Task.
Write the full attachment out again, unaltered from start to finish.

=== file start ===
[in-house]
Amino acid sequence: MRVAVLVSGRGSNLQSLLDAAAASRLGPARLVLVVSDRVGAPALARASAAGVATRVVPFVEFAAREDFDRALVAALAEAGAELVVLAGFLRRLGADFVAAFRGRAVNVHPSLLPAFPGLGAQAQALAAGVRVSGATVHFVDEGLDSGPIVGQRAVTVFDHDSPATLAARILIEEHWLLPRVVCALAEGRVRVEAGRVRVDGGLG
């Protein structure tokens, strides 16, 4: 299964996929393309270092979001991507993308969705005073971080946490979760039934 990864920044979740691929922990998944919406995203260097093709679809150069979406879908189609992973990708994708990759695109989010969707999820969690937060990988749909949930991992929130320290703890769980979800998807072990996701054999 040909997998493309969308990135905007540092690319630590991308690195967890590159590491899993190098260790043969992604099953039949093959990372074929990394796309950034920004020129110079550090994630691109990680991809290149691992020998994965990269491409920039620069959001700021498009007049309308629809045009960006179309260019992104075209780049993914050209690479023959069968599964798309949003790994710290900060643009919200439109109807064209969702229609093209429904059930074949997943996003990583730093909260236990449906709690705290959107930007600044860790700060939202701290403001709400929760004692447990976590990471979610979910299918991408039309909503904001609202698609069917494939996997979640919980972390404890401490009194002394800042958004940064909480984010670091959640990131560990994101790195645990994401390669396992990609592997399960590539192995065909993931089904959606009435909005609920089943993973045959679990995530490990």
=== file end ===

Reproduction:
[in-house]
Amino acid sequence: MRVAVLVSGRGSNLQSLLDAAAASRLGPARLVLVVSDRVGAPALARASAAGVATRVVPFVEFAAREDFDRALVAALAEAGAELVVLAGFLRRLGADFVAAFRGRAVNVHPSLLPAFPGLGAQAQALAAGVRVSGATVHFVDEGLDSGPIVGQRAVTVFDHDSPATLAARILIEEHWLLPRVVCALAEGRVRVEAGRVRVDGGLG
């Protein structure tokens, strides 16, 4: 299964996929393309270092979001991507993308969705005073971080946490979760039934 990864920044979740691929922990998944919406995203260097093709679809150069979406879908189609992973990708994708990759695109989010969707999820969690937060990988749909949930991992929130320290703890769980979800998807072990996701054999 040909997998493309969308990135905007540092690319630590991308690195967890590159590491899993190098260790043969992604099953039949093959990372074929990394796309950034920004020129110079550090994630691109990680991809290149691992020998994965990269491409920039620069959001700021498009007049309308629809045009960006179309260019992104075209780049993914050209690479023959069968599964798309949003790994710290900060643009919200439109109807064209969702229609093209429904059930074949997943996003990583730093909260236990449906709690705290959107930007600044860790700060939202701290403001709400929760004692447990976590990471979610979910299918991408039309909503904001609202698609069917494939996997979640919980972390404890401490009194002394800042958004940064909480984010670091959640990131560990994101790195645990994401390669396992990609592997399960590539192995065909993931089904959606009435909005609920089943993973045959679990995530490990």